March 14, 2013
/PRNewswire/ -- On World Kidney Day, Quest Diagnostics, the world's leading provider of diagnostic information services, today announced its support of the updated global version of the National Kidney Foundation Kidney Disease Outcomes Quality Initiative (NKF-KDOQI) Chronic Kidney Disease (CKD) guideline recently released by Kidney Disease: Improving Global Outcomes (KDIGO). World Kidney Day aims to raise awareness of the important role kidneys play in overall health and to reduce the frequency and impact of kidney disease and its associated health problems worldwide. Visit the National Kidney Foundation
to learn more about the new guideline and about your kidneys and how to protect them.
The updated guideline expands the CKD classification system to include albuminuria, protein in the urine, as well as "cause of disease" and glomerular filtration rate (GFR) stage. These changes provide a more accurate view of each patient's condition to help physicians stratify risk which can help lead to improved management and treatment.
"We applaud the National Kidney Foundation for its leadership in educating patients and physicians on kidney disease risk and prevention," said
Harvey W. Kaufman
, M.D., Senior Corporate Medical Director, Quest Diagnostics, and co-author of a
published in the peer-reviewed online journal
, which found that 89 percent of those found to be at high risk for CKD through their employer's lab-based wellness program were unaware of the health concern. "The updated guideline incorporates a better understanding of the factors that contribute to the progression of kidney functional impairment and are easier for primary care physicians to understand and follow so they can better identify patients with early stages of CKD and take steps to treat common underlying conditions, preserve remaining kidney function, and adjust medication that is dependent upon kidney function for elimination."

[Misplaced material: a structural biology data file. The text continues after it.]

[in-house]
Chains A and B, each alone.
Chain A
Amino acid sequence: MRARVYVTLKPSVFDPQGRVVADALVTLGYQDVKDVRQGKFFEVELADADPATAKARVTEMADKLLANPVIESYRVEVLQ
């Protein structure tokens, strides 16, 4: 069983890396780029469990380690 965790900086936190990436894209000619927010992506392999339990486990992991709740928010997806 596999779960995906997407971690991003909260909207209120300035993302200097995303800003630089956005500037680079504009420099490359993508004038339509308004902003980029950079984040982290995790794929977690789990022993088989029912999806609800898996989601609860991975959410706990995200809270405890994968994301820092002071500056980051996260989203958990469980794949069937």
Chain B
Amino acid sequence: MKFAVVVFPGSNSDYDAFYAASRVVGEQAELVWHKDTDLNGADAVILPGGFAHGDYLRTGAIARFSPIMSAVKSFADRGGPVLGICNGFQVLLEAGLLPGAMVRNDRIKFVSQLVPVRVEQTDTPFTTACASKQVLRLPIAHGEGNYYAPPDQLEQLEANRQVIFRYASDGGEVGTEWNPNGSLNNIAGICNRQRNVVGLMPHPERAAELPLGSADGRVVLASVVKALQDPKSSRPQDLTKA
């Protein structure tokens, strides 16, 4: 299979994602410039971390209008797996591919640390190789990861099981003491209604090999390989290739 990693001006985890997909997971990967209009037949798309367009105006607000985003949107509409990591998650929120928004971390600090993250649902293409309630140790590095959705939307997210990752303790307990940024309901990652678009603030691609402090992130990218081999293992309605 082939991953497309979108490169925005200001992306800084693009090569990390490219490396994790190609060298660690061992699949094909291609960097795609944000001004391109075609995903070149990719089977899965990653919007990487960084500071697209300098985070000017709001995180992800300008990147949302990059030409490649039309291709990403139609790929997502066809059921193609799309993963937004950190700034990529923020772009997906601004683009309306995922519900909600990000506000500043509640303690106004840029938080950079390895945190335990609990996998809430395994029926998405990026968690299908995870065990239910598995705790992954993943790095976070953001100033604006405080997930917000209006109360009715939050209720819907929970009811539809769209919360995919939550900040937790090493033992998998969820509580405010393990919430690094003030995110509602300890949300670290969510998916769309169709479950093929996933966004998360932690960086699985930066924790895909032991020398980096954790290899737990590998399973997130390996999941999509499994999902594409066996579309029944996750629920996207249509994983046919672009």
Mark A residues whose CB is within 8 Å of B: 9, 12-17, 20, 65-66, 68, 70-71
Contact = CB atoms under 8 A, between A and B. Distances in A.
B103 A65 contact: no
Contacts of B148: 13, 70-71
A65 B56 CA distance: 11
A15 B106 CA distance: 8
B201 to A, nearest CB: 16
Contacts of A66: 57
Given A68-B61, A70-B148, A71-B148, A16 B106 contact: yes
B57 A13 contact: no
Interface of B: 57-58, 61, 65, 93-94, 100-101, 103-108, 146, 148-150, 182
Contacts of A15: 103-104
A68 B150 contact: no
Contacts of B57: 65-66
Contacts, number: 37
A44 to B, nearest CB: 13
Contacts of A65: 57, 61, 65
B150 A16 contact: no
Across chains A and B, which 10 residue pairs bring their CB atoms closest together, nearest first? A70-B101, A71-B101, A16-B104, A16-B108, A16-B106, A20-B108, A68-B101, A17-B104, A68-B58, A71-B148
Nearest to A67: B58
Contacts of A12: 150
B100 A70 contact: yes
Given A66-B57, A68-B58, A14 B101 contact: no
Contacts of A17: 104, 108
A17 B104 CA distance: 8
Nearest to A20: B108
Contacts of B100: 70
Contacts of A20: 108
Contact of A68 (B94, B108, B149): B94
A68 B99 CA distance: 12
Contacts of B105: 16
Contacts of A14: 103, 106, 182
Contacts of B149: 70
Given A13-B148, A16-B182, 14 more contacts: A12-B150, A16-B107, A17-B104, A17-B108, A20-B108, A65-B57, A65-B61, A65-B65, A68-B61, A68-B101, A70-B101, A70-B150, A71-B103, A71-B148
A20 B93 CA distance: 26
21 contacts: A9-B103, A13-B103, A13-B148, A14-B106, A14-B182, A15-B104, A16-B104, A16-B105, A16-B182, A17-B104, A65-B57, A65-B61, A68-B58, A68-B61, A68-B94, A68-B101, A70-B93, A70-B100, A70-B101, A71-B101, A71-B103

Approximately 26 million Americans suffer from CKD, a condition characterized by the gradual loss of kidney function. Though often thought of as an older person's disease, CKD's prevalence has grown among younger adults, largely because the most important risk factors, diabetes and hypertension (high blood pressure), have both grown rapidly among younger adults due to the increases in obesity and other factors related to these conditions. Chronic kidney disease is important to identify at an early stage when the progression can be slowed or stopped before the kidneys have failed and people affected are placed on dialysis and need a kidney transplant. At its earliest stages, CKD is generally silent and only detected through laboratory tests. Watch Quest Diagnostics short
"Intro to Chronic Kidney Disease" video
to learn more about how CKD impacts health.
"The new staging predicts meaningful outcomes for patients more accurately based on both blood and urine tests instead of one or the other test alone," said
, M.D., Chief Medical Officer, National Kidney Foundation. "When you put together a patient's level of kidney function as assessed by the blood test to estimate glomerular filtration rate (eGFR) and the extent of kidney damage based on urine albumin level, you improve prediction of risk for future chronic kidney failure and subsequent cardiovascular events."
In Quest Diagnostics data of nearly 2.5 million patient encounters in which patients were tested simultaneously for serum creatinine for eGFR and urinary albumin, many patients had CKD and many were classified differently using the combination of eGFR and urinary albumin than if only eGFR was considered. Among patients who were initially considered to have mild CKD based on eGFR of 45-59, ml/min/1.73m
, 69.0% were classified as moderately increased risk, 23.2% were classified as high risk, and 7.8% were classified as very high risk.
"Our data support the new guideline and suggest that many patients who may have been considered to have mild CKD based on eGFR alone really have moderate to severe progressive CKD when urinary albumin status is simultaneously evaluated," said Dr. Kaufman. "We expect the new guideline to be a useful tool to help physicians identify, manage, and treat patients with CKD."